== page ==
Guitarist John Williams played Rodrigo's Concierto de Aranjuez with aching tenderness, but it was counter-tenor Andreas Scholl who stole the show with his performances of three Handel arias. Accompanied by the BBC Symphony Orchestra, who managed a passable imitation of a period instrument group, Scholl's purity of tone created a startling musical intimacy, even in the party atmosphere of the Last Night. Still more ravishing was his singing of Down by the Salley Gardens, accompanied only by the gossamer threads of Williams's guitar.

Daniel carried off the rituals of Wood's Sea-Songs, Land of Hope and Glory and Jerusalem with aplomb, even if this was more an exercise in crowd control than musical subtlety. He talked of the diversity of the Proms season and of music as a metaphor for cultures joining together. However, the Last Night presents the narrowest possible conception of British identity. With its football-crowd fellowship of flag-waving, the Last Night turns relics of Britain's imperial past into postmodern kitsch. It's all good fun, but the danger is that its increasingly fogeyish traditions have nothing to contribute to contemporary Britain, or to say about the realities of the world around us.

copyright 2005 The Guardian




3 - The Daily Telegraph
review by Ivan Hewitt

"Wider still and wider,'' it says in Land of Hope and Glory, a line that may no longer be true of the British Empire but certainly is true of the Last Night of the Proms. On Saturday, the vast, flag-filled, balloon-"Wider still and wider,'' it says in Land of Hope and Glory, a line that may no longer be true of the British Empire but certainly is true of the Last Night of the Proms. On Saturday, the vast, flag-filled, balloon-popping space of the Albert Hall became even bigger, as the simultaneous satellite events in Manchester, Belfast, Glasgow, Swansea and Manchester were beamed on to two large screens. ''Let's all say: 'HELLO GLASGOW','' said conductor Paul Daniel and, of course, we obeyed.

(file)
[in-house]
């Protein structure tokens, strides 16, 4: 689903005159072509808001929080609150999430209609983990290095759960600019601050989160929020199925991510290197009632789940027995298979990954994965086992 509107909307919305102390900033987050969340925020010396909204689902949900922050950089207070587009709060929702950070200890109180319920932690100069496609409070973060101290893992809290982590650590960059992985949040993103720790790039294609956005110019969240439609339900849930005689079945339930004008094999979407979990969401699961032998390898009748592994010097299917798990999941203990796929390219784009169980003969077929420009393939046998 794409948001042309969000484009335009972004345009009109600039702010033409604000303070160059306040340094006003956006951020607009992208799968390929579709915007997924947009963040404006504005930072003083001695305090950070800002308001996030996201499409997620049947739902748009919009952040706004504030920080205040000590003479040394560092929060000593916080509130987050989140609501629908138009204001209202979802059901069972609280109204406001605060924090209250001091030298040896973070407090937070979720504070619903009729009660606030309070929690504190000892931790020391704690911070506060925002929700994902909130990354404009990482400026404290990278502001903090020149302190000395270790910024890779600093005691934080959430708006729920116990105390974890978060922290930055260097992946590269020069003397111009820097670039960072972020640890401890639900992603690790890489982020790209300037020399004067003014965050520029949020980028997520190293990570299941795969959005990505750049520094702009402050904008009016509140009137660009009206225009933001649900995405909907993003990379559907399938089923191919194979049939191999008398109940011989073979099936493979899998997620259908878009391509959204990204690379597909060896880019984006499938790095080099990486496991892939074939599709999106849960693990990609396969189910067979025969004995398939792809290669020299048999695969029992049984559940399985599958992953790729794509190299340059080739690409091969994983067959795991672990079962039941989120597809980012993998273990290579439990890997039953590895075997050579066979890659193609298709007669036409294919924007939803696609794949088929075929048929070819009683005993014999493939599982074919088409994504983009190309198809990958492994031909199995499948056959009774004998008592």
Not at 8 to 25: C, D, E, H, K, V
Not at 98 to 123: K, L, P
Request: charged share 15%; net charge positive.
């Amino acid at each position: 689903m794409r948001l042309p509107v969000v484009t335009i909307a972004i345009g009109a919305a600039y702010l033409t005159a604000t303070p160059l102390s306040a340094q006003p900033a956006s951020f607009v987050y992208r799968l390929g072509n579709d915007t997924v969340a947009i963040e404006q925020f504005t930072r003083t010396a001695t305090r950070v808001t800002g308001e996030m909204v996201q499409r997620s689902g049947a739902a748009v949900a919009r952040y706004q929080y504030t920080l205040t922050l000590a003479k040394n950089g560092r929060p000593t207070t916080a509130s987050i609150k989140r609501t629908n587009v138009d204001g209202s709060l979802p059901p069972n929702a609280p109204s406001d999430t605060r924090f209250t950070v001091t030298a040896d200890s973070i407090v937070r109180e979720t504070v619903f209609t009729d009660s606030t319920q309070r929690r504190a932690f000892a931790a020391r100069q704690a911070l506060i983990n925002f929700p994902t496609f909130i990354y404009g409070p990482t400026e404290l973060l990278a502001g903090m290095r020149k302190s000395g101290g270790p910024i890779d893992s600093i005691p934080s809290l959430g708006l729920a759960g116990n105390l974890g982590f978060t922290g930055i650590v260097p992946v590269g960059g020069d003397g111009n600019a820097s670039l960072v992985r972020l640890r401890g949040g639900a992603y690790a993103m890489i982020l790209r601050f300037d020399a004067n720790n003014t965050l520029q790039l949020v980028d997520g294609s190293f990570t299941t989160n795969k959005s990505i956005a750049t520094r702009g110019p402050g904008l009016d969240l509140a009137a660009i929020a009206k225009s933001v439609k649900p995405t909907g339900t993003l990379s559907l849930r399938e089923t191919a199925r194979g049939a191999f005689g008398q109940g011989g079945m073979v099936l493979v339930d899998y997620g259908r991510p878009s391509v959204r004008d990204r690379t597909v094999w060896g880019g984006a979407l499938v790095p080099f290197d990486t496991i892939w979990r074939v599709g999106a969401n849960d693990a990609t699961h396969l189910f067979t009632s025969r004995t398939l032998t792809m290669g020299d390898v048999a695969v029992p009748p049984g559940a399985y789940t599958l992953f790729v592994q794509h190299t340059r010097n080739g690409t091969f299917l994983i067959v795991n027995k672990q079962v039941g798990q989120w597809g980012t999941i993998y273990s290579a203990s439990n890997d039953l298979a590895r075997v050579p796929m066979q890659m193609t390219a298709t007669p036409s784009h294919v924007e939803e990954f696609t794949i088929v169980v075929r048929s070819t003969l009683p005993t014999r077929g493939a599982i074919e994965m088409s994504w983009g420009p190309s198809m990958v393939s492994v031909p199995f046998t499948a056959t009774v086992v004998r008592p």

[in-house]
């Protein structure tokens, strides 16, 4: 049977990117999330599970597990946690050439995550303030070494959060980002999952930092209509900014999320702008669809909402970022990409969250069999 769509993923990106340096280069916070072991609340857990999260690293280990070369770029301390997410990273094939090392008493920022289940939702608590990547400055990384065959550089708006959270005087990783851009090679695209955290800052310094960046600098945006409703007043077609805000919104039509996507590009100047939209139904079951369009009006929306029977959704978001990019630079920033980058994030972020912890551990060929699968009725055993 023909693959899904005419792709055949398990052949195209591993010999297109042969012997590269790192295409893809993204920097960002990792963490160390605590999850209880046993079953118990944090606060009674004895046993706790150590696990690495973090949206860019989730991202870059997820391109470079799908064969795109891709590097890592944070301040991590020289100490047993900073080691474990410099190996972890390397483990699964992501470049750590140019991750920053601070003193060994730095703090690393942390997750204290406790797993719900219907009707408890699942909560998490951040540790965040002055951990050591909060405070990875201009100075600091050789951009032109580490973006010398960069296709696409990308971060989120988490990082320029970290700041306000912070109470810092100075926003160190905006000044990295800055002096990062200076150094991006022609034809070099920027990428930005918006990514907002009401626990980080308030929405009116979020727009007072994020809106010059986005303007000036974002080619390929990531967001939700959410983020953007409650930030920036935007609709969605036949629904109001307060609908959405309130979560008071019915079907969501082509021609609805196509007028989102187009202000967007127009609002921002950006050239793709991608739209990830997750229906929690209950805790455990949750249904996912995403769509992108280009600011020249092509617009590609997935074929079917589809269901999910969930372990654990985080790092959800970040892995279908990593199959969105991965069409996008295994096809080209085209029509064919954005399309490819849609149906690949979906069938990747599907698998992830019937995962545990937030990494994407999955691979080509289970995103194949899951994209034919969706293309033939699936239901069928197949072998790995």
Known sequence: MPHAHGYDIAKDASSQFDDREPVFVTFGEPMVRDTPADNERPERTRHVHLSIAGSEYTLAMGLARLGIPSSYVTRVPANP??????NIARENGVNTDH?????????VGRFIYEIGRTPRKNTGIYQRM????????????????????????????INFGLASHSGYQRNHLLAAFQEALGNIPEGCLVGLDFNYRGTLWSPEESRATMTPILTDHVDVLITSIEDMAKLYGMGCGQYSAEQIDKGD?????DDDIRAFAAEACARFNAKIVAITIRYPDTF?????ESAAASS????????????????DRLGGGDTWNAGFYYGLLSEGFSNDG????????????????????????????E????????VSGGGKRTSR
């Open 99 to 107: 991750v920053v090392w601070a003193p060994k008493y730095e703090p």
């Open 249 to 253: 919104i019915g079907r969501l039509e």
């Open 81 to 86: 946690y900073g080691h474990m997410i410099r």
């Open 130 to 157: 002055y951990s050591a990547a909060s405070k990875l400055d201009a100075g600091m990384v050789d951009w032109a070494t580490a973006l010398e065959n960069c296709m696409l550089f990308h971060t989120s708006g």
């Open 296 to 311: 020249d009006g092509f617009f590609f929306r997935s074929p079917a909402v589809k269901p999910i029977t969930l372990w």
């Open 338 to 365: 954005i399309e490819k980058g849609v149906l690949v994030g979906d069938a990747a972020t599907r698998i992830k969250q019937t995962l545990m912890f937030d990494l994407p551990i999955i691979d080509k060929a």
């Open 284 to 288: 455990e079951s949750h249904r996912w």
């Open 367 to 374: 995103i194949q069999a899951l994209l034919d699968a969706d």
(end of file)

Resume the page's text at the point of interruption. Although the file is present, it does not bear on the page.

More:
This was Daniel's first go as Master of Ceremonies of the Last Night, and I had misgivings. He lacks the ample girth and natural joviality that goes with the role, being slender, intense, and much given to speaking in convoluted sentences. As it turned out, he judged the tone remarkably well. Daniel knows that sophistication is out of place. You can say anything on that podium and everyone will cheer. It's that kind of Christmas Panto silliness that infuriates some people about the Last Night, but part of its appeal is that powerful emotion and silliness sit cheek by jowl.

Those emotions have little to do with the ''serious'' musical content of the evening, which is normally corralled safely into the first half. But some welcome moments of calm and concentration were mixed in with the fun. It was good to hear a contemporary piece (Simon Bainbridge's Scherzi) that fizzed with intellectual and bodily energy; good, too, to hear Andreas Scholl and John Williams perform Purcell's apostrophe to England, Fairest Isle, which as well as being beautiful in itself gave an extra fervency to our singing of Jerusalem.

As Blake's words echoed round the hall, one felt a surge of - what exactly? Patriotism, certainly, but the presence of dozens of foreign flags brought something else; a togetherness, a feeling that the aspiration that flows through the entire season of the Proms had found its natural climax.popping space of the Albert Hall became even bigger, as the simultaneous satellite events in Manchester, Belfast, Glasgow, Swansea and Manchester were beamed on to two large screens. ''Let's all say: 'HELLO GLASGOW','' said conductor Paul Daniel and, of course, we obeyed.

As Blake's words echoed round the hall, one felt a surge of - what exactly? Patriotism, certainly, but the presence of dozens of foreign flags brought something else; a togetherness, a feeling that the aspiration that flows through the entire season of the Proms had found its natural climax.

copyright 2005 The Telegraph




4 - The Financial Times
review by Richard Fairman

How do they do it? Other concert-hall promoters must be gnashing their teeth as the BBC Proms again clocks up an impressive year of achievement in spite of a summer when it seemed that outside events might for once make the "world's biggest music festival" come a cropper.